No one ever talks about male cattiness. There are hardly any articles written about men being rude to other men for the sake of their gender. Why, then, is it different with women? Why are countless articles written about how women are just plain mean?
It’s not because women are just nastier than men, it’s because people are competitive for power. Whether a person’s focus for power stems from career, relationship, or creative competition, it’s a biological human desire to do better than those around them; it’s simply natural selection. Female aggression just looks different from the male version, but it is for the same reasons: to get ahead.
Historically, women’s roles typically occurred in the home due to child-rearing and homemaking being their primary tasks. It is only natural that women began to rely on emotional tactics as a way to dominate other women, as they were not accustomed to physical labor, thus would not be inclined to fight conflict with their bodies, but their minds.
Social inclusion and gossiping are not necessarily specialized techniques used by women, but women are especially hurt by passive aggressive comments as they may feel particularly isolated from a “sisterhood.” In the past, women would rely on other women for child-rearing and companionship when their male partners were unavailable, thus making any social exclusion more damaging.
While women’s roles have changed significantly within the last sixty years, the way women handle conflict has not. In this sense, an intrinsic sisterhood has not fully formed, which contributes to the sense that women are “naturally catty” and cannot be trusted as confidantes. Women want only what men want, and that’s power. Who doesn’t want to feel like they are respected in their jobs, by their friends, their partners?
Women have been routinely denied power, thus respect, which makes it harder to attain. Women are conditioned to be people-pleasers, to be submissive, to appear easy-going all the time.
In this way, women have not learned how to express their anger properly, nor how to healthily fight competitively. Instead, women break down other women to be more distinctive when it comes to jobs and partners. How else have women learned to set themselves apart when they have learned no other way?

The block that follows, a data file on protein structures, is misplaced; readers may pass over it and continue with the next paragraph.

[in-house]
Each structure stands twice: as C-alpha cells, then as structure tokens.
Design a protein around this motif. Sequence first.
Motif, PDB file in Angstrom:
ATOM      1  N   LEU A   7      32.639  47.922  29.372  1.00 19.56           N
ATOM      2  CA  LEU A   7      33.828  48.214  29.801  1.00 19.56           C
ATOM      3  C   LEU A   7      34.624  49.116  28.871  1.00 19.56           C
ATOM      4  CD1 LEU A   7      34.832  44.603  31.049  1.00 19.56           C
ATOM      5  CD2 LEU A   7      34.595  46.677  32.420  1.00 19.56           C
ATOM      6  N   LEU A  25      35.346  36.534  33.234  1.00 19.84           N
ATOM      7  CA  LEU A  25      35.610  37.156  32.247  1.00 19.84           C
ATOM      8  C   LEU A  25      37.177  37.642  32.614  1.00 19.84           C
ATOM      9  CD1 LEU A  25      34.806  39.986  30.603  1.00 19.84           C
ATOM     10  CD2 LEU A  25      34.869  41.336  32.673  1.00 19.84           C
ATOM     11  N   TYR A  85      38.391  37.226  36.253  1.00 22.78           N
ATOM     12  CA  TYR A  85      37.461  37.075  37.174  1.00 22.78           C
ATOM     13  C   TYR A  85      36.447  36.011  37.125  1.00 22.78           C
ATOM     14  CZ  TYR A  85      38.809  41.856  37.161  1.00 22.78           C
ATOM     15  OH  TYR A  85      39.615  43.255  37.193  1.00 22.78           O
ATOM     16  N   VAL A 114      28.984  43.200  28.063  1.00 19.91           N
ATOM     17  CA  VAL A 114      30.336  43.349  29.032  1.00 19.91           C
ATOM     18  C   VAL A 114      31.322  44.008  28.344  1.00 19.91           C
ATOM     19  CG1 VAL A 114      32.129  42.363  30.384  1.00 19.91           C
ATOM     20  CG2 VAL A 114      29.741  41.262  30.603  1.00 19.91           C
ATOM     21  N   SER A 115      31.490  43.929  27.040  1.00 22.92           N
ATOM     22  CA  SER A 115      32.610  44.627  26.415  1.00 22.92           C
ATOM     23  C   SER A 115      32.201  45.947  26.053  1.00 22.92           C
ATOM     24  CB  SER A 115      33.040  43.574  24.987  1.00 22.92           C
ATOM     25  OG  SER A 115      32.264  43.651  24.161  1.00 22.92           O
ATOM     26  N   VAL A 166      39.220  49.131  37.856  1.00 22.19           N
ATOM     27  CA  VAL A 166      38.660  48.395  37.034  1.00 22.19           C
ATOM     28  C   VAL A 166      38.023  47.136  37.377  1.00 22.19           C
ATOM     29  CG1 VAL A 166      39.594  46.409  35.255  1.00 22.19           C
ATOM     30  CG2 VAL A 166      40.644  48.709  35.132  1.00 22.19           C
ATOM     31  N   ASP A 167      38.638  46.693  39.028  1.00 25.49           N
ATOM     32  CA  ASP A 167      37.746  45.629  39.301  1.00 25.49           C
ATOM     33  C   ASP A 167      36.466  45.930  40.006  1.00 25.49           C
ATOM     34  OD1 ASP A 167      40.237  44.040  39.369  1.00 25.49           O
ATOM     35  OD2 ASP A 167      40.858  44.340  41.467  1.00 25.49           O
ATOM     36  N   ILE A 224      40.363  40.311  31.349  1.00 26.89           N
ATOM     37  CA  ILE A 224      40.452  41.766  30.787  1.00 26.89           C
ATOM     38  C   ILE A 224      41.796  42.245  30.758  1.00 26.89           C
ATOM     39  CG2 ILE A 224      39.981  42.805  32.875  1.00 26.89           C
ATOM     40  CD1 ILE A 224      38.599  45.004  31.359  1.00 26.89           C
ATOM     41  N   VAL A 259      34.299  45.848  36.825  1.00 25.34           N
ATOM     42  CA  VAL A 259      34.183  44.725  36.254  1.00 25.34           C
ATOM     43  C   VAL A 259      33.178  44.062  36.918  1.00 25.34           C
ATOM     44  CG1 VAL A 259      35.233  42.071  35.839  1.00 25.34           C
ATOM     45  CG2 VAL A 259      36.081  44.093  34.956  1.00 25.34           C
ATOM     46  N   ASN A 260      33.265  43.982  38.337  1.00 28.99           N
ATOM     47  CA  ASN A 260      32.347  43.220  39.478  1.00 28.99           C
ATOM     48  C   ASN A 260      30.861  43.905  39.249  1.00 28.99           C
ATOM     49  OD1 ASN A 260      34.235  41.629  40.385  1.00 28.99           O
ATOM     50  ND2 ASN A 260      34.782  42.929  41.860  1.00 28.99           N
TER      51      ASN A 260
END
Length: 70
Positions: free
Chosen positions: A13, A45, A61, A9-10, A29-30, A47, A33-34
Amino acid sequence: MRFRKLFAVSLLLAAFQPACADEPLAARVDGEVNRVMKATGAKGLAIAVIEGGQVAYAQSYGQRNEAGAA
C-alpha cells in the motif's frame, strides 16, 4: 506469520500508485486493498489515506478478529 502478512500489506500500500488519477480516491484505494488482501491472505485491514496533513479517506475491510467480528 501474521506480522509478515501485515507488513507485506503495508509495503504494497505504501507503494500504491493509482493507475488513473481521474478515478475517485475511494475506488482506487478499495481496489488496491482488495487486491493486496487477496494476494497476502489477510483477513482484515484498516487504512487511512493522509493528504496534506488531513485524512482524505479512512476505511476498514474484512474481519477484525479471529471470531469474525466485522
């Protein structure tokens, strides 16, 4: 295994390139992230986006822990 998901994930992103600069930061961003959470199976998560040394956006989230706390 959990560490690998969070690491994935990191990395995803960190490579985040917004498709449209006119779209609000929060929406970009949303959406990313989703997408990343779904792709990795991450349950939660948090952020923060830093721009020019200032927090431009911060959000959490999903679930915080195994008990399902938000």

Men often feel more comfortable asking for a higher salary, stating their opinion without worrying, because they assume a level of respect that women historically never had.
Why does bullying happen? People who bully tend to have low self-esteem, thus are at higher risk for depression and anxiety. When you have a group of people who have been routinely denied respect, as women have, that is a group ripe for self-esteem issues. Bullies tend to pick on others in order to feel better about themselves, which contributes to the stereotype that women are more catty. They aren’t, they are just trying to survive.
There is a misconception that women are simply passive aggressive to other women when it comes to finding a spouse, but that diminishes a woman’s ability. It implies that women are only interested in getting married and making babies, when in reality, that simply is not the truth. I don’t need to tell you that women are just as ambitious with their careers as men, that most couples (homosexual or heterosexual alike) cannot even financially afford to subsist on one partner’s salary anymore. However, to say that female competition occurs for sex is false and a gross oversimplification.
When I hear someone say that feminism is dead, or failed, I hear defeat. I hear someone in denial. I hear someone who is being lazy. The fight for women to have equality was never going to be easy; Rome was not built in a day. Feminism needs to start at home, with each other as women who love each other and have each other’s backs.
Feminism includes men, women, and children of any background. It needs to be taught to be fully learned. I think we can do better. Real feminism is what women deserve and what we need right now.
Joanna C. Valente currently lives in Brooklyn, where she is a part-time mermaid. She received her MFA in poetry writing from Sarah Lawrence College. Some of her words can be found in decomP, Thrush Poetry Journal, La Fovea, The 22 Magazine, and other places. In 2010, she founded Yes, Poetry. Her ghost resides here. @joannasaid